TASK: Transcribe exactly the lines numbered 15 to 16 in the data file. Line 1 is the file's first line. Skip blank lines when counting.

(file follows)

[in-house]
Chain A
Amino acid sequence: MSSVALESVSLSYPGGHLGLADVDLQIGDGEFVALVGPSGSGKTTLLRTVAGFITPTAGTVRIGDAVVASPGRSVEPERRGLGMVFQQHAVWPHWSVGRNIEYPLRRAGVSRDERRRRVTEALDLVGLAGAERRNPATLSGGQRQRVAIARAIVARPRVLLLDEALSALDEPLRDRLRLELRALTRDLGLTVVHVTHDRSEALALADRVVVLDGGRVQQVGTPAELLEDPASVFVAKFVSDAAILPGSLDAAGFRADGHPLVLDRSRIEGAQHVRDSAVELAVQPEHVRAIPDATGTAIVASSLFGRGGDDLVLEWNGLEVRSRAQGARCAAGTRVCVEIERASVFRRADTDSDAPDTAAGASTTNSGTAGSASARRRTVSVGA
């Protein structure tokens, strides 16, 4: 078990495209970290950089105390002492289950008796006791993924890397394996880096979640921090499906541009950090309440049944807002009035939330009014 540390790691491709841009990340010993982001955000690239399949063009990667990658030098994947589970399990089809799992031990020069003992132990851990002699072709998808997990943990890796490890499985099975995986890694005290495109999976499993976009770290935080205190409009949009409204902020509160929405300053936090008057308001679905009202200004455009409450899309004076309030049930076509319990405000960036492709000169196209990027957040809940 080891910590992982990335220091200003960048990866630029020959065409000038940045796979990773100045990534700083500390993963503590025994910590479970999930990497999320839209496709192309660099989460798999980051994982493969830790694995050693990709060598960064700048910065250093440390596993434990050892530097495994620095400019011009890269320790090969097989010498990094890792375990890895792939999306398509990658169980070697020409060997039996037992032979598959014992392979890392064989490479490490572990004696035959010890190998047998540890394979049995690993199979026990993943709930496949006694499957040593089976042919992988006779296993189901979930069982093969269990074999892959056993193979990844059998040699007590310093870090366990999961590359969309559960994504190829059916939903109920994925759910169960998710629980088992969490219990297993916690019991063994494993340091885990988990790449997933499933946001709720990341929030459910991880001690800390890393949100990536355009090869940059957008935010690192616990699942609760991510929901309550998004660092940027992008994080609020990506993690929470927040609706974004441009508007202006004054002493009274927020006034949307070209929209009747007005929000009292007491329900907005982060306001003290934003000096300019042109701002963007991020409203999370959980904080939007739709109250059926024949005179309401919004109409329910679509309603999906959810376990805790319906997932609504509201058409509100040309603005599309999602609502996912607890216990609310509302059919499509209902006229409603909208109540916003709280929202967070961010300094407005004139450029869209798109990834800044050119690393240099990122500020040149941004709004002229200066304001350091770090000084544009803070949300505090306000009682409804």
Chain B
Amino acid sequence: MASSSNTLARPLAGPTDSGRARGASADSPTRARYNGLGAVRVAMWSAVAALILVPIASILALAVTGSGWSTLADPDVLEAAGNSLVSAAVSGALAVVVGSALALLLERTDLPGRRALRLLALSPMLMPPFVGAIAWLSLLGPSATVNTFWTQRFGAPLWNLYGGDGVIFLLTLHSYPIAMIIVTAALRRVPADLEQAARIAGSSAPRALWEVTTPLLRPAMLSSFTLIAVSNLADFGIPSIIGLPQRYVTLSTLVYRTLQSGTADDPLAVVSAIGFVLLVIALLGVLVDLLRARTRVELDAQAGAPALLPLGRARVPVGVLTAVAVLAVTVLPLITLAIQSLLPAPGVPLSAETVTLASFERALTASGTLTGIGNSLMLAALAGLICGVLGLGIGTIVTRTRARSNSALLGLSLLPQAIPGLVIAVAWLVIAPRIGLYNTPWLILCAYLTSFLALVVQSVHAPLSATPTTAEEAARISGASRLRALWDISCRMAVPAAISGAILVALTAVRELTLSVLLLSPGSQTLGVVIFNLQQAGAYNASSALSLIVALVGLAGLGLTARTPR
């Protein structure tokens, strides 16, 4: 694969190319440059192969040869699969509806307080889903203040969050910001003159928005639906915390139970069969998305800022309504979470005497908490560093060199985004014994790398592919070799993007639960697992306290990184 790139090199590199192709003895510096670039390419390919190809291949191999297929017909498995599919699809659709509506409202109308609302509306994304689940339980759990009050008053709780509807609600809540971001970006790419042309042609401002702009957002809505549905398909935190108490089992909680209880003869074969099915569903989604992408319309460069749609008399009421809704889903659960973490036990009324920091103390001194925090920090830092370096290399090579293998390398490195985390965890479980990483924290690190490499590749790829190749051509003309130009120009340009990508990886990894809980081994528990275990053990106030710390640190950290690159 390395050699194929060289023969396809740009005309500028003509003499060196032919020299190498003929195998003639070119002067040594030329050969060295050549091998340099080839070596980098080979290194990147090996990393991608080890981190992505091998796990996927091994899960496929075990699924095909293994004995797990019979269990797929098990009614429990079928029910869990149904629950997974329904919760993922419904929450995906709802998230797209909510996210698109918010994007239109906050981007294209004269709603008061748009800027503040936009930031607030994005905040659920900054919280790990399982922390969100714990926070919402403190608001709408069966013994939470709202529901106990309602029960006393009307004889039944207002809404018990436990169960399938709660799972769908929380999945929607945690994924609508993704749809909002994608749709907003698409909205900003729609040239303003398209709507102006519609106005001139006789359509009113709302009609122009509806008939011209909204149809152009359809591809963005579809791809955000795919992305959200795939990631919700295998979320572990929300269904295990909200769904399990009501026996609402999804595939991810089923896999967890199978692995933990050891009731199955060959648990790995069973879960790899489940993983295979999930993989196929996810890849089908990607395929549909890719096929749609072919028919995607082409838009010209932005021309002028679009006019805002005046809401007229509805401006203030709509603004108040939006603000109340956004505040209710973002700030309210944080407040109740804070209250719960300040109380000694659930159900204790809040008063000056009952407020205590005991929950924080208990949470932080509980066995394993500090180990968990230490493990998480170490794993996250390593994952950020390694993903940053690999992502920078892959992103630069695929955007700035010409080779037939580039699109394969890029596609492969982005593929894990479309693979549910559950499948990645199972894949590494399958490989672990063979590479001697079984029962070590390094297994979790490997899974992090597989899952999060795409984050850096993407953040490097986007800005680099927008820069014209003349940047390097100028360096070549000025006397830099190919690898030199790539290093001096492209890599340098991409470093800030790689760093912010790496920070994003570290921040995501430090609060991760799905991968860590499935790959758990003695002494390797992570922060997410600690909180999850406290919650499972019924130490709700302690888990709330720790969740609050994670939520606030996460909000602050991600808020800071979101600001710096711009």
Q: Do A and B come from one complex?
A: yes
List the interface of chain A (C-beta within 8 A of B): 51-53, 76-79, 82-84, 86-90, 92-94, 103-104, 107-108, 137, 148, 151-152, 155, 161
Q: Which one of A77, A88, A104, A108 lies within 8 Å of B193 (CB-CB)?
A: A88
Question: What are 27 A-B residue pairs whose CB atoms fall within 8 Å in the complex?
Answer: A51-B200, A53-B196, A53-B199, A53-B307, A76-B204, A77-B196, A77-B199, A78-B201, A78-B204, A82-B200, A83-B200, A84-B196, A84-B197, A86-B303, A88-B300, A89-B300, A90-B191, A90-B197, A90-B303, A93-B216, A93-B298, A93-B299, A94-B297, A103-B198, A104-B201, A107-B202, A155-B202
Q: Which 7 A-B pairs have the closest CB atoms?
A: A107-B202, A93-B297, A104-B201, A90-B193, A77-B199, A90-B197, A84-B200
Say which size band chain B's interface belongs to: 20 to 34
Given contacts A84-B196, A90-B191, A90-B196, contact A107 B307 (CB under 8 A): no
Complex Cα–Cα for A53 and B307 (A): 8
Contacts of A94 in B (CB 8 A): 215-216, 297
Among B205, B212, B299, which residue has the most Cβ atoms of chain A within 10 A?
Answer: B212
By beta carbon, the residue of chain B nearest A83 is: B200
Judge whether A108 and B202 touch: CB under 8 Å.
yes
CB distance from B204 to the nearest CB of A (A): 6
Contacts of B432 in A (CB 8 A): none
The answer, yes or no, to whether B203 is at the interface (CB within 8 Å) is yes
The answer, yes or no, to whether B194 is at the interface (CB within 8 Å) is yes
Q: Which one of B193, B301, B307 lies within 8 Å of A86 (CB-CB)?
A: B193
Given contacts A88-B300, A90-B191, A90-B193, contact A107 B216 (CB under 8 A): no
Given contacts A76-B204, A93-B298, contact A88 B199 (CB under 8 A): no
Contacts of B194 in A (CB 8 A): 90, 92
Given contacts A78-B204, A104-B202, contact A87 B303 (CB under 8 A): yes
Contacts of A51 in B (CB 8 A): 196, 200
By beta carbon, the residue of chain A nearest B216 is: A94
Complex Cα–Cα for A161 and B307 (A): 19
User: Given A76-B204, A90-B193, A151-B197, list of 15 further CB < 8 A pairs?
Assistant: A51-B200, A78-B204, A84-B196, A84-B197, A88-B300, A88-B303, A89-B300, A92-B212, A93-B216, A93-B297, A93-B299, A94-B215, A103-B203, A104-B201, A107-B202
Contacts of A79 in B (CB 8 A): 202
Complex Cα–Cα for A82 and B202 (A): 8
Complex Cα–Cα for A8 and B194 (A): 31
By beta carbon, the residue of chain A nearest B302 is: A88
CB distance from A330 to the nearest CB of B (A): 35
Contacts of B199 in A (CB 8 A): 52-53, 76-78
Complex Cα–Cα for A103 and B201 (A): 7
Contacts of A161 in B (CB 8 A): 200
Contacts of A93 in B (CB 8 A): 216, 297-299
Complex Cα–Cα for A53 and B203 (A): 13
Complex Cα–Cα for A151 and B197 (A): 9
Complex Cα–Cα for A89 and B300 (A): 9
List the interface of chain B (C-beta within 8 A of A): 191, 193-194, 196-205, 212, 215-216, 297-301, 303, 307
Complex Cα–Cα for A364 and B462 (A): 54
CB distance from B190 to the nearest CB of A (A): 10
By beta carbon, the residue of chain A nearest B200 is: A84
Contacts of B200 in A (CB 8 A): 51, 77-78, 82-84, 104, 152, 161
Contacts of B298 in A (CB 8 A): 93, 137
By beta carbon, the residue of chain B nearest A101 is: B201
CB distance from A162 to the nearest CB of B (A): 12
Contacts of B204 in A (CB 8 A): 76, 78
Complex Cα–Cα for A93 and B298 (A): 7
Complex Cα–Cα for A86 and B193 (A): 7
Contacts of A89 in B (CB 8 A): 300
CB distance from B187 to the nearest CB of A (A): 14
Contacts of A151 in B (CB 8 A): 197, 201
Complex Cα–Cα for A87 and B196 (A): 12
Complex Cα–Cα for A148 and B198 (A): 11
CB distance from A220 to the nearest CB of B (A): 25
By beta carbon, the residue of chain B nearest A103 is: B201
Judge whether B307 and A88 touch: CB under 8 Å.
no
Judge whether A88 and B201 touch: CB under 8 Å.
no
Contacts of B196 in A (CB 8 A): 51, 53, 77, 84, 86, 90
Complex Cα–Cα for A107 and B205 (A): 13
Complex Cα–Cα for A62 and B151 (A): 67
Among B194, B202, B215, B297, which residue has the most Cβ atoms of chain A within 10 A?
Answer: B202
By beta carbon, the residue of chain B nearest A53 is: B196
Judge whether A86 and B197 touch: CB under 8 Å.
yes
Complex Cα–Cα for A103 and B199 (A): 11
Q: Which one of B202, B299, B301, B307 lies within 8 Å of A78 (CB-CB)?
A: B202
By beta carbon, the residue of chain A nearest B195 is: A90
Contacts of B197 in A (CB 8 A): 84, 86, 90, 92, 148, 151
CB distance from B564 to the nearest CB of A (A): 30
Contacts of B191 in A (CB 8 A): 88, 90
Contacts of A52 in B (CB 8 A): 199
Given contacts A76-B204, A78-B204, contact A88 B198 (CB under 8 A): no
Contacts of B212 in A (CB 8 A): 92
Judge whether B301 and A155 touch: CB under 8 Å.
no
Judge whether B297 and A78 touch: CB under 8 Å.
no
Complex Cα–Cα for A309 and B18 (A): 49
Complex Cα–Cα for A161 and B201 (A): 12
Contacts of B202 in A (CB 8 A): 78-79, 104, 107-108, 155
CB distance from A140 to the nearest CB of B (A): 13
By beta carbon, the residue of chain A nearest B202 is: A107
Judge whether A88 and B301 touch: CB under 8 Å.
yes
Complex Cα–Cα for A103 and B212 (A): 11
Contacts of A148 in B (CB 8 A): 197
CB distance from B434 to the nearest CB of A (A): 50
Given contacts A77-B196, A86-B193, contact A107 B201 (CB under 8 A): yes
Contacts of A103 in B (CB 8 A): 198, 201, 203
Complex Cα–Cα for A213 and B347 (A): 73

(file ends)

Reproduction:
Q: Which 7 A-B pairs have the closest CB atoms?
A: A107-B202, A93-B297, A104-B201, A90-B193, A77-B199, A90-B197, A84-B200